I've never met someone who routinely has success who doesn't enjoy the pressure, and enjoy the moment. Tiger's talked about how it's like a drug, and Spencer Levin demonstrated someone not enjoying the pressure. If things are going sideways, good luck "staying positive." You'll quickly ask yourself "how can I stay positive? I've just blown a six-shot lead?" and then start calling yourself an idiot or something.


I'm not saying my way is the only way, but rather another way. This is a discussion forum and I was bringing to the discussion another point of view. Some people don't care about staying positive, some people, myself included, do care. And although I haven't acheived the level of success of Tiger Woods, my game has advanced leaps and bounds by reading about keeping a positive state of mind on the golf course.

 

You say Spencer Levin wasn't enjoying the pressure, I say maybe he wasn't focused on the shots at hand in a positive manner. Maybe he was trying to stay positive, or maybe he was trying to enjoy the pressure. That's only something he knows, not something you nor I can say matter of fact that he was or was not doing.

 

Both of our systems can work, its when the golfer abandons their chosen system that their game "goes sideways." Its the result of bad play, not the means of bad bad.

post #41 of 58
Thread Starter 

 

Quote:
Originally Posted by Ben View Post

I'm not saying my way is the only way, but rather another way.


Nor am I! :)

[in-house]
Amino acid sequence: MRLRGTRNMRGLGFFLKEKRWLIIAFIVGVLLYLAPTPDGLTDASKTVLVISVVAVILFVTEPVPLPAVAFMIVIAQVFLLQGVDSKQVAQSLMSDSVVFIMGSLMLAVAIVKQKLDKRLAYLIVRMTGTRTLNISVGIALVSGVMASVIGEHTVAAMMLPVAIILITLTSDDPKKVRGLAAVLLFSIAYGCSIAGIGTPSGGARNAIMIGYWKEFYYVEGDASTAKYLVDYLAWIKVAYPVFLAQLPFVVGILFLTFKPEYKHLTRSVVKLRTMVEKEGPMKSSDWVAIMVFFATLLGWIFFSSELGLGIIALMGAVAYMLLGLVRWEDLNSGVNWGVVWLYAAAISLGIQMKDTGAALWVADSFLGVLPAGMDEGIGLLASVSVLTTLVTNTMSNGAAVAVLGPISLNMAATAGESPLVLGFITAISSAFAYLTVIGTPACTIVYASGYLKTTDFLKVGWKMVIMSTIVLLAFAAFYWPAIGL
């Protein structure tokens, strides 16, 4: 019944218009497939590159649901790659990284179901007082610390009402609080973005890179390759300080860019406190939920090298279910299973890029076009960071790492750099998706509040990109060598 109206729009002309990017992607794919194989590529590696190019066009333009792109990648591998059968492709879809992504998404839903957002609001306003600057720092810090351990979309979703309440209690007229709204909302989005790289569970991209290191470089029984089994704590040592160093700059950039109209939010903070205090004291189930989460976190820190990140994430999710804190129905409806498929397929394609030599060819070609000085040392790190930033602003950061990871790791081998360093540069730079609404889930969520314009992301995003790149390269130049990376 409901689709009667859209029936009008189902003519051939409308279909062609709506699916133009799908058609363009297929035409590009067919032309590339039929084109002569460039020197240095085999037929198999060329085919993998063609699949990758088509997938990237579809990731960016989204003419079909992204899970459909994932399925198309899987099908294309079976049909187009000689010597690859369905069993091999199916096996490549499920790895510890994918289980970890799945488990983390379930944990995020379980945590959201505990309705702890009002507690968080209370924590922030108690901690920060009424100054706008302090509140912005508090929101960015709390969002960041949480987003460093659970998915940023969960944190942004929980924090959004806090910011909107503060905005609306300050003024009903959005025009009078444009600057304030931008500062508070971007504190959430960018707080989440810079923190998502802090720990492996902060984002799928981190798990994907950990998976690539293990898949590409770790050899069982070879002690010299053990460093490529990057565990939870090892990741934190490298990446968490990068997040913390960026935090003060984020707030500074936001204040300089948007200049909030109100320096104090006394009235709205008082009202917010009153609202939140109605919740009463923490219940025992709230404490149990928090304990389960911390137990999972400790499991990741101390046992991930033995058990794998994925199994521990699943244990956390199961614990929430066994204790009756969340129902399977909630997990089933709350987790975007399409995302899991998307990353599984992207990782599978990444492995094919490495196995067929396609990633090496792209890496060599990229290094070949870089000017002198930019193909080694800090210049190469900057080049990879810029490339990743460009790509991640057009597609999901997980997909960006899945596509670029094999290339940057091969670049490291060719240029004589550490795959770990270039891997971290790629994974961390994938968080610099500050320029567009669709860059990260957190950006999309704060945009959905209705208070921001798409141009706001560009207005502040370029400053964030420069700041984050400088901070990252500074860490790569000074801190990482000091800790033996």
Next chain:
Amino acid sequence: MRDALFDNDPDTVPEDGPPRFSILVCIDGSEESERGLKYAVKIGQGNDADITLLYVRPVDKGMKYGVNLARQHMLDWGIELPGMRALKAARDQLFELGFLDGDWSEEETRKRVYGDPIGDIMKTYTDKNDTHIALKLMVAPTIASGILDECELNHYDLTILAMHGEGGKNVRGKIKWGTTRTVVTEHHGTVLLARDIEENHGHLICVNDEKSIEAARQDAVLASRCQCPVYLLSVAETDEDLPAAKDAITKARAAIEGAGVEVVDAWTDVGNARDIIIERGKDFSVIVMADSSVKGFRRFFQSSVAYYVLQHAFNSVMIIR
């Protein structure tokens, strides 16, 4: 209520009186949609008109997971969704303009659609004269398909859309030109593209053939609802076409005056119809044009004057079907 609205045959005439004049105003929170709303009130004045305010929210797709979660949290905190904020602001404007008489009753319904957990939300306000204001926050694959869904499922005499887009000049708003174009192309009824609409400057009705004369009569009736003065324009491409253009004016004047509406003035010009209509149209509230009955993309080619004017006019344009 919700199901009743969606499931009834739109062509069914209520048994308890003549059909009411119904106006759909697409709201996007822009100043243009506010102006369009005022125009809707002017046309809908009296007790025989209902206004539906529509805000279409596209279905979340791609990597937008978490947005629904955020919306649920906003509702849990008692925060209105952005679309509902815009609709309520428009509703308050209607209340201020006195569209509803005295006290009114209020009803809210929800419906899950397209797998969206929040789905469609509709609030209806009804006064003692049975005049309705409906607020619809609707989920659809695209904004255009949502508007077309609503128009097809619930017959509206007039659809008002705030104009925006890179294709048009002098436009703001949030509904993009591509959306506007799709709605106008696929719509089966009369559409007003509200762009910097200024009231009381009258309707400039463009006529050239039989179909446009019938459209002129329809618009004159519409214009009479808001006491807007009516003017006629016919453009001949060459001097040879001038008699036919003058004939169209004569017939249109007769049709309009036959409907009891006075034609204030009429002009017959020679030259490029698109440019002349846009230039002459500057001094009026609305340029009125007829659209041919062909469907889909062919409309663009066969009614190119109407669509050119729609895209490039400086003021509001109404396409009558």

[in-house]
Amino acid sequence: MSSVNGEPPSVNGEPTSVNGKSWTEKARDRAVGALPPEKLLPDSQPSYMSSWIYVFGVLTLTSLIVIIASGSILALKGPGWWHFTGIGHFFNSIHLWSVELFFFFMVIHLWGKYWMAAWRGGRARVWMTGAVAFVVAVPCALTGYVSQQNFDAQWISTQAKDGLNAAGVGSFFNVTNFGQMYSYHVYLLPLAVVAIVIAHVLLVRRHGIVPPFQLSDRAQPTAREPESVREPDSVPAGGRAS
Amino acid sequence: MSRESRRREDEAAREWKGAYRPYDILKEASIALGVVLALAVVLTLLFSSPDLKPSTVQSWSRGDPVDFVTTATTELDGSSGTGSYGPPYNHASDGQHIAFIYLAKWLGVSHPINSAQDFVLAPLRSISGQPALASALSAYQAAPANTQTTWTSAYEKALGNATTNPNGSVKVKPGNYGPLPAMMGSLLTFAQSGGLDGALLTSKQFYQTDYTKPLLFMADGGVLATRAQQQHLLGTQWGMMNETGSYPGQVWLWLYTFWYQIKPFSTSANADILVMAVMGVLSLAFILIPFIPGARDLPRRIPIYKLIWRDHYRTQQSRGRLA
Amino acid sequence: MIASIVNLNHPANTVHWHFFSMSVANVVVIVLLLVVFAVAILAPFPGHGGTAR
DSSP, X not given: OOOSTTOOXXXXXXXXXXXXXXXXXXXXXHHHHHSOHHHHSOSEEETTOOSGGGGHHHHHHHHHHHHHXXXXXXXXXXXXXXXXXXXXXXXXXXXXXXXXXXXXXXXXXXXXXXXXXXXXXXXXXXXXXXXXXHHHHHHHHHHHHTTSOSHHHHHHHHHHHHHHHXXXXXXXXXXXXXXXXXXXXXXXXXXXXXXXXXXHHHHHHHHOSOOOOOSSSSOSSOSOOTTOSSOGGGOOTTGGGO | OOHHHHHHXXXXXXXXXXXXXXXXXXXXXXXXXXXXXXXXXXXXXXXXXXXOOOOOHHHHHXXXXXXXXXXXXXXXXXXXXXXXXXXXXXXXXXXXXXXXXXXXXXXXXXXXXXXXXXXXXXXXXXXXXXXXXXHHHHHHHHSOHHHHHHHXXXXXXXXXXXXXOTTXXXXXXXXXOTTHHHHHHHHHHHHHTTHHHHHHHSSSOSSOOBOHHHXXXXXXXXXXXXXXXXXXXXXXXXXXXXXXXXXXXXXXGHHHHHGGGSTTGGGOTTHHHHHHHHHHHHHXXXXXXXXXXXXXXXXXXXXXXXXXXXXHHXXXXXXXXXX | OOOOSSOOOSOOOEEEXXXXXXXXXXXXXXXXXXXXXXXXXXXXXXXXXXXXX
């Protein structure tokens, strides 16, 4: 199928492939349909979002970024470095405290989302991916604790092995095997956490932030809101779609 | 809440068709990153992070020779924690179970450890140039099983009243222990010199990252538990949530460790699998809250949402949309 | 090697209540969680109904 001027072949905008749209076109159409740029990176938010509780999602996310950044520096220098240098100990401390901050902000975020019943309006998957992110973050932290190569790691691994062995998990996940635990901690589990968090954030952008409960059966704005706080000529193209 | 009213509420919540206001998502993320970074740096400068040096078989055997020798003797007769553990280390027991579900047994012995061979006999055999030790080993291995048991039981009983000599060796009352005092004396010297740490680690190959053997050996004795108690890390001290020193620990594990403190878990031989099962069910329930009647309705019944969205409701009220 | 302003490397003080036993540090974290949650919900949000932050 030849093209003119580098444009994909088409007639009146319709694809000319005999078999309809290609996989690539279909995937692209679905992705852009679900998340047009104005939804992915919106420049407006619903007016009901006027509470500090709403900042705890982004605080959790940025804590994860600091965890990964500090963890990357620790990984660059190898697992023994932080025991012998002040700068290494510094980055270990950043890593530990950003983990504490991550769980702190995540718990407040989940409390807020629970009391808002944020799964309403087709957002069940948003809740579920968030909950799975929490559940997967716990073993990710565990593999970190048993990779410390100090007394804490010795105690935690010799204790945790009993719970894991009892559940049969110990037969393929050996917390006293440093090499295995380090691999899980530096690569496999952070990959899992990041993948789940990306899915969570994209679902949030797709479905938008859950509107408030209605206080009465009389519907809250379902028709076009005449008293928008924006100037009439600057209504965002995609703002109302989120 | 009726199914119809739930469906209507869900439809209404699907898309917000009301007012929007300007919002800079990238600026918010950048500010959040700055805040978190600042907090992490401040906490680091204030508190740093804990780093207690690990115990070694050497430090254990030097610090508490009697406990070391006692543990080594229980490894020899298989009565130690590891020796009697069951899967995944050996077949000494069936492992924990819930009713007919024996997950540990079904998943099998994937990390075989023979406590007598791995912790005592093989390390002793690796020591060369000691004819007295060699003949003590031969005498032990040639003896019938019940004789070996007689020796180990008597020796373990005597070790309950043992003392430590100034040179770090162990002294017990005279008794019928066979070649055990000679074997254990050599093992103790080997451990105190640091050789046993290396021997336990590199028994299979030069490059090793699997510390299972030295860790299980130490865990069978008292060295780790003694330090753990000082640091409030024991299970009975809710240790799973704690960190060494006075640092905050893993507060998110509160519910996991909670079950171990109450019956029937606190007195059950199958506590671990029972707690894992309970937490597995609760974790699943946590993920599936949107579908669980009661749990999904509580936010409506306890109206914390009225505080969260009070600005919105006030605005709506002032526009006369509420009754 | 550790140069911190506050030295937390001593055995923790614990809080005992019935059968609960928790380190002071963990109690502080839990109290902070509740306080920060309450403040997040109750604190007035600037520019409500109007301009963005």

You asked questions, and I answered them from my perspective. Some people will like my way, some yours, and many more will find other ways that work best for them.

 

Either way, I think we'll have both succeeded at making people think about it.

 

post #42 of 58

I like the idea of both but prefer Enjoy Pressure for the simple fact it allows the player to be competitive even when they are not playing their best golf. It is incredibly hard to Stay Positive when you are ducking hooking every drive, hitting every iron shot fat and three-putting every green. The human mind is a delicate thing and difficult to trick into believing something that is not true.

post #43 of 58

Have Fun

 

 

For some, it may be enjoying pressure -- making that putt for birdie to win a match, a tournament, or being the last one up in a scramble for birdie. Or it may be getting out there and not caring about a score, but enjoying the game. 

 

But everyone can Have Fun in their own way.

post #44 of 58
Quote:
Originally Posted by Mr. Desmond View Post

Have Fun

 

 

For some, it may be enjoying pressure -- making that putt for birdie to win a match, a tournament, or being the last one up in a scramble for birdie. Or it may be getting out there and not caring about a score, but enjoying the game. 

 

But everyone can Have Fun in their own way.



I have played some of the best golf of my life in some pretty competitve situations with the only real thought being, "just be someone that they'll enjoy playing a round of golf with".   So yes, Have Fun is a good thought.

 

post #45 of 58
Quote:
Originally Posted by iacas View Post

 


Nor am I! :)